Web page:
3.3          The most prevalent specific types of disorder were major depression (17%) and alcohol abuse (13%). Various kinds of anxiety disorders were also relatively common. Substantially lower lifetime prevalence rates were found for obsessive– compulsive disorder and bipolar disorder, which each affect approximately 2% of the population.

3.4          Epidemiological studies such as the NCS-R have consistently found gender differences for many types of mental disorder: Major depression, anxiety disorders, and eating disorders are more common among women; alcoholism and antisocial personality disorders are more common among men.

3.5          Epidemiologists also measure the extent of mental disorders’ impact on people’s lives. In a study sponsored by the World Health Organization (WHO), López et al. (2006) compared the impact of more than 100 forms of disease and injury throughout the world.

3.5.1    Although mental disorders are responsible for only 1% of all deaths, they produce 47% of all disability in economically developed countries, such as the United States, and 28% of all disability worldwide.

3.5.2    When their impact is measured by combining indices of mortality and disability, mental disorders are the second leading When their impact is measured by combining indices of mortality and disability, mental disorders are the second leading source of disease burden in developed countries.

3.5.3    Investigators in the WHO study predict that relative to other types of health problems, the burden of mental disorders will increase by the year 2020.

3.5.4    These surprising results indicate strongly that mental disorders are one of the world’s greatest health challenges.

4.         Culture and Psychopathology

4.1          Epidemiological studies comparing the frequency of mental disorders in different cultures suggest that some disorders, such as schizophrenia, show important consistencies in cross-cultural comparisons. They are found in virtually every culture that social scientists have studied.

4.2          Other disorders, such as bulimia nervosa, are more specifically associated with cultural factors, as revealed by comparisons of prevalence in different parts of the world and changes in prevalence over generations.

4.2.1    Almost 90% of patients with bulimia are women. Within the United States, the incidence of bulimia is much higher among university women than among working women, and it is more common among younger women than among older women.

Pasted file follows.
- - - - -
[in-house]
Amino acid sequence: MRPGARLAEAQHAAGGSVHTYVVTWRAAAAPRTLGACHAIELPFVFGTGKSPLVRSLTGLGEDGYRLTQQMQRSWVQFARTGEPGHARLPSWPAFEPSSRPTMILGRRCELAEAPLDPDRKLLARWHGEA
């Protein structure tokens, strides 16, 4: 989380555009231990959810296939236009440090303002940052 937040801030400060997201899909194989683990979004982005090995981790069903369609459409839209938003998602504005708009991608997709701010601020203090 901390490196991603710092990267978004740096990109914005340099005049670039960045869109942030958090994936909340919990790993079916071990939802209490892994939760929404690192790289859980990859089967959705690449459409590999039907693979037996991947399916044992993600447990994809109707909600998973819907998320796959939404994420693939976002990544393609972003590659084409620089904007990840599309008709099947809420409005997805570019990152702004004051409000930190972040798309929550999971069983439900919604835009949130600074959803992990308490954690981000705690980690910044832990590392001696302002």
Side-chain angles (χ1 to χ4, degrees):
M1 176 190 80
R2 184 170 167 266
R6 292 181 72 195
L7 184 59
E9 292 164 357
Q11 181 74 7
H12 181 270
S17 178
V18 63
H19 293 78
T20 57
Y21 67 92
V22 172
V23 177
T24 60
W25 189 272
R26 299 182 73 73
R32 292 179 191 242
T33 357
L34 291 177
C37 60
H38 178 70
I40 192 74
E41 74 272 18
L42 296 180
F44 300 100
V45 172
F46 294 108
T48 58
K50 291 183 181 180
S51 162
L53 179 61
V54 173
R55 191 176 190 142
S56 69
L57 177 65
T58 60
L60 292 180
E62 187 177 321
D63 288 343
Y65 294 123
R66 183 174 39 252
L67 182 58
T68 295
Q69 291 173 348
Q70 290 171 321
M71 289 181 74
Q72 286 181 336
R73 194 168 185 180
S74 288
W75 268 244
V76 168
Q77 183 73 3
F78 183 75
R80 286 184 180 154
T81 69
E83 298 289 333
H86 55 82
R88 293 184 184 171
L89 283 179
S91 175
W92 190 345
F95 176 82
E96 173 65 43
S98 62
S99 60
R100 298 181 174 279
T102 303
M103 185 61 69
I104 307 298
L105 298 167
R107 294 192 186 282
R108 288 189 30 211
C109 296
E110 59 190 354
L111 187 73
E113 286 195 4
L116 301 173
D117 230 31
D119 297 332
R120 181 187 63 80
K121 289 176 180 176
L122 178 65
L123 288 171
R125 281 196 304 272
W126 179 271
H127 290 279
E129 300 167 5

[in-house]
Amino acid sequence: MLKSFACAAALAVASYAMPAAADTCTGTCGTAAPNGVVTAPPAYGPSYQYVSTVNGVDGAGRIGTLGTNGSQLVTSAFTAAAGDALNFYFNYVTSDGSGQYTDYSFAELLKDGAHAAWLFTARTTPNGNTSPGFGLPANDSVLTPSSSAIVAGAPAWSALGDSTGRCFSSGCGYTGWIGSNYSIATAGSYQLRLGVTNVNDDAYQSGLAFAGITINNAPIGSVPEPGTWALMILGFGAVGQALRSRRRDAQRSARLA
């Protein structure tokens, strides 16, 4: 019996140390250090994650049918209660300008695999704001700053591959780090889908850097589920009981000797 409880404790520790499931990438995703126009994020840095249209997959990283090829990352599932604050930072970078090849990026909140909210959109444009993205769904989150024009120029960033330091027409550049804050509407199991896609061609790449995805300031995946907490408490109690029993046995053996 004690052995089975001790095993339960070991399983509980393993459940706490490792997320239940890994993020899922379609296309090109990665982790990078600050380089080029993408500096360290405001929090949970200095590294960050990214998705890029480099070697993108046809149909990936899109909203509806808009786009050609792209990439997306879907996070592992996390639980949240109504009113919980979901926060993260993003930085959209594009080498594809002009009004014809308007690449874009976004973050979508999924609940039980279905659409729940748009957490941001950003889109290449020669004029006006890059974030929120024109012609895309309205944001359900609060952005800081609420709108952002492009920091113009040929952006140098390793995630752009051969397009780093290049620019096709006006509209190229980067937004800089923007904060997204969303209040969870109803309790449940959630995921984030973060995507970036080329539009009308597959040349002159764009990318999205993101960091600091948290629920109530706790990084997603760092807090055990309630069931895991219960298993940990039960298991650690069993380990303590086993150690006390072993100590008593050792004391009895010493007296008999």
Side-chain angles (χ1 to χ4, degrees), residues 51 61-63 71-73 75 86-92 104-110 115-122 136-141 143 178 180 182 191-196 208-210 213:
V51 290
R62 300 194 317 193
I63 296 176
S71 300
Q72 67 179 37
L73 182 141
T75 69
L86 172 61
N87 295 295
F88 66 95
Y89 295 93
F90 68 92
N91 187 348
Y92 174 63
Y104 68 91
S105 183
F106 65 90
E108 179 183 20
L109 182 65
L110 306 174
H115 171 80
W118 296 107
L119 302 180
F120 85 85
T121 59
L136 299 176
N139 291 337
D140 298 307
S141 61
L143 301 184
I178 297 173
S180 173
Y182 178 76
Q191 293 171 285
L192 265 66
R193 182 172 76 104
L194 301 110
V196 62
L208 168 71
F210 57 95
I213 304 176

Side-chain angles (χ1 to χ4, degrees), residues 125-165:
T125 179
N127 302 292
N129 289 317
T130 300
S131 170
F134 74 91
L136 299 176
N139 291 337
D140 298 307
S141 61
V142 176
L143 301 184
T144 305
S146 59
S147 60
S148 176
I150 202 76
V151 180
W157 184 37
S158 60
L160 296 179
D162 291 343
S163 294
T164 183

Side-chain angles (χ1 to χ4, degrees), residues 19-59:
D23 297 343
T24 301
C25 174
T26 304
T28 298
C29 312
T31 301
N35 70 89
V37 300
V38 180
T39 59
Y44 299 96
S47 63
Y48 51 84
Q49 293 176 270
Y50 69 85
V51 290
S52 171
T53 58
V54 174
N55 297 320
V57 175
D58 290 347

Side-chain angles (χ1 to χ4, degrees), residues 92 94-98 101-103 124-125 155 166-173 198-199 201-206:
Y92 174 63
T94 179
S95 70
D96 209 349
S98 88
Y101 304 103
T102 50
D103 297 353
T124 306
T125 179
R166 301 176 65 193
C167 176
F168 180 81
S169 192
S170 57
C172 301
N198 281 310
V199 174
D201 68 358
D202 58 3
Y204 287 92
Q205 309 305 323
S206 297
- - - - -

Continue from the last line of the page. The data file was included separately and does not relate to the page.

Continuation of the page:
4.2.2    The prevalence of bulimia is much higher in Western nations than in other parts of the world. Furthermore, the number of cases increased dramatically during the latter part of the 20th century (Keel & Klump, 2003).

4.3          Several general conclusions can be drawn from cross-cultural studies of psychopathology (Draguns & Tanaka-Matsumi, 2003), including the following points: All mental disorders are shaped, to some extent, by cultural factors.

4.3.1    No mental disorders are entirely due to cultural or social factors.

4.3.2    Psychotic disorders are less influenced by culture than are nonpsychotic disorders.

4.3.3    The symptoms of certain disorders are more likely to vary across cultures than are the disorders themselves.

4.4          The accuracy and utility of a clinical diagnosis depend on more than a simple count of the symptoms that appear to be present.

4.4.1    They also hinge on the clinician’s ability to consider the cultural context in which the problem appeared.

4.4.2    This is a particularly challenging task when the clinician and the person with the problem do not share the same cultural background.

4.5          Clinicians can also become sensitized to the importance of cultural issues by considering cultural concepts of distress, patterns of erratic or unusual thinking and behavior that have been identified in diverse societies around the world and do not fit easily into the other diagnostic categories.

4.5.1    A list of these syndromes is included in the appendix of DSM-5.

4.5.2    They have also been called “culture-bound syndromes” because they are considered to be unique to particular societies, particularly in non-Western or developing countries.

4.6          The DSM’s glossary on cultural concepts of distress has been praised as a significant advance toward integrating cultural considerations into the classification system (López & Guarnaccia, 2000).

4.6.1    It has also been criticized for its ambiguity.

4.6.2    The most difficult conceptual issue involves the boundary between culture-bound syndromes and categories found elsewhere in the diagnostic manual.

4.6.3    Some critics have argued that they should be fully integrated, without trying to establish a distinction (Hughes, 1998).

4.6.4    Others have noted that if culturally unique disorders must be listed separately from other, “mainstream” conditions, then certain disorders now listed in the main body of the manual— especially eating disorders, such as bulimia— should actually be listed as culture-bound syndromes.

4.7          Though it is imperfect, the DSM-5’ s list of cultural concepts of distress raises important conceptual and clinical implications.